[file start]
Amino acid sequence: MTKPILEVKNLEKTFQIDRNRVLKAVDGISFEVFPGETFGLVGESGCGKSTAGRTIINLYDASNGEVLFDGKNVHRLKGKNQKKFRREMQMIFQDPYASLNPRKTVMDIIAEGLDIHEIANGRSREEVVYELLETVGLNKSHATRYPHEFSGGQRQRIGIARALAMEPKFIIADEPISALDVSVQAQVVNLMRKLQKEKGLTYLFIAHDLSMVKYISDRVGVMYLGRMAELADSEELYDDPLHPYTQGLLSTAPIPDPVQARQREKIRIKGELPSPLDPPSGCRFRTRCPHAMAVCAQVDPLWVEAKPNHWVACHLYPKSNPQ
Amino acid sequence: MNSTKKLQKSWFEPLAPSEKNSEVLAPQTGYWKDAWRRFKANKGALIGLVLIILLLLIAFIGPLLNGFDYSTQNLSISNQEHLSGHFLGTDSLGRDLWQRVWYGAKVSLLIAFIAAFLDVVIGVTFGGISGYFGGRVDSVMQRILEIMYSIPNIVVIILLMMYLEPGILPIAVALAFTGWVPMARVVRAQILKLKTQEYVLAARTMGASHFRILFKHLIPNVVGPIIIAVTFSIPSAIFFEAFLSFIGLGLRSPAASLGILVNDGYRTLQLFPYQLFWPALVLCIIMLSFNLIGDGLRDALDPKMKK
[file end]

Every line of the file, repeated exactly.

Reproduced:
Amino acid sequence: MTKPILEVKNLEKTFQIDRNRVLKAVDGISFEVFPGETFGLVGESGCGKSTAGRTIINLYDASNGEVLFDGKNVHRLKGKNQKKFRREMQMIFQDPYASLNPRKTVMDIIAEGLDIHEIANGRSREEVVYELLETVGLNKSHATRYPHEFSGGQRQRIGIARALAMEPKFIIADEPISALDVSVQAQVVNLMRKLQKEKGLTYLFIAHDLSMVKYISDRVGVMYLGRMAELADSEELYDDPLHPYTQGLLSTAPIPDPVQARQREKIRIKGELPSPLDPPSGCRFRTRCPHAMAVCAQVDPLWVEAKPNHWVACHLYPKSNPQ
Amino acid sequence: MNSTKKLQKSWFEPLAPSEKNSEVLAPQTGYWKDAWRRFKANKGALIGLVLIILLLLIAFIGPLLNGFDYSTQNLSISNQEHLSGHFLGTDSLGRDLWQRVWYGAKVSLLIAFIAAFLDVVIGVTFGGISGYFGGRVDSVMQRILEIMYSIPNIVVIILLMMYLEPGILPIAVALAFTGWVPMARVVRAQILKLKTQEYVLAARTMGASHFRILFKHLIPNVVGPIIIAVTFSIPSAIFFEAFLSFIGLGLRSPAASLGILVNDGYRTLQLFPYQLFWPALVLCIIMLSFNLIGDGLRDALDPKMKK